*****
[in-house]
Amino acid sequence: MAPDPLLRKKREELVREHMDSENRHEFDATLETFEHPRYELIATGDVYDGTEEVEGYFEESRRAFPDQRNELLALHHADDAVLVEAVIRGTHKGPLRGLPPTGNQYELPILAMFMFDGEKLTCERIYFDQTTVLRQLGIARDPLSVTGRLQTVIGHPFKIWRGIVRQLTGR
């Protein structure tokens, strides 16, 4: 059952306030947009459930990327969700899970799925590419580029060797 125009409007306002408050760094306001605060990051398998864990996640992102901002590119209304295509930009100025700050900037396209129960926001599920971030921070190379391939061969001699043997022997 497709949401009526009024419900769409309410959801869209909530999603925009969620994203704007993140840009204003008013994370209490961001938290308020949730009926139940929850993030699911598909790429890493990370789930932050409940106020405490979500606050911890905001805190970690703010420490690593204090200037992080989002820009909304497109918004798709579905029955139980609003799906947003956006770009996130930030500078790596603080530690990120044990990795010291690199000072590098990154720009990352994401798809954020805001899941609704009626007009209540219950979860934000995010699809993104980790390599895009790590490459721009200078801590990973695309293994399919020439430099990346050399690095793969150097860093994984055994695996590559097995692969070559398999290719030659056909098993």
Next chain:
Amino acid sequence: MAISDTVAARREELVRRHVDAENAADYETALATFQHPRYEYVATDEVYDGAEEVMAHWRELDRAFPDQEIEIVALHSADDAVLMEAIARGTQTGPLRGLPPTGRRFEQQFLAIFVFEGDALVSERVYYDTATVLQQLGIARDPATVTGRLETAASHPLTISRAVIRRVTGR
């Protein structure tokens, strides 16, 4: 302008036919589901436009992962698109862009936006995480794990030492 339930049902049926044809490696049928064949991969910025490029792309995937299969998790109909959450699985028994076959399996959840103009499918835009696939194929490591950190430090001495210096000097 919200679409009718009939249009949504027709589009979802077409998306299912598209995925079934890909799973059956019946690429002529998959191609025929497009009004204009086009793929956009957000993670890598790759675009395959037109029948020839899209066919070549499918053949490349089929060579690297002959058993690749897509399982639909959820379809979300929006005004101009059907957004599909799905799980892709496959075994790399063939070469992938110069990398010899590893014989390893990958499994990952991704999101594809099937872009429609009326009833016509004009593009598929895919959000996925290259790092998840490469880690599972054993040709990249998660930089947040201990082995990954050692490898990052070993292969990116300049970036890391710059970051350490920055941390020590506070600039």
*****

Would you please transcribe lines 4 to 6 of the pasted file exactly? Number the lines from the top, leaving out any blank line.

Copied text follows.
Next chain:
Amino acid sequence: MAISDTVAARREELVRRHVDAENAADYETALATFQHPRYEYVATDEVYDGAEEVMAHWRELDRAFPDQEIEIVALHSADDAVLMEAIARGTQTGPLRGLPPTGRRFEQQFLAIFVFEGDALVSERVYYDTATVLQQLGIARDPATVTGRLETAASHPLTISRAVIRRVTGR
């Protein structure tokens, strides 16, 4: 302008036919589901436009992962698109862009936006995480794990030492 339930049902049926044809490696049928064949991969910025490029792309995937299969998790109909959450699985028994076959399996959840103009499918835009696939194929490591950190430090001495210096000097 919200679409009718009939249009949504027709589009979802077409998306299912598209995925079934890909799973059956019946690429002529998959191609025929497009009004204009086009793929956009957000993670890598790759675009395959037109029948020839899209066919070549499918053949490349089929060579690297002959058993690749897509399982639909959820379809979300929006005004101009059907957004599909799905799980892709496959075994790399063939070469992938110069990398010899590893014989390893990958499994990952991704999101594809099937872009429609009326009833016509004009593009598929895919959000996925290259790092998840490469880690599972054993040709990249998660930089947040201990082995990954050692490898990052070993292969990116300049970036890391710059970051350490920055941390020590506070600039």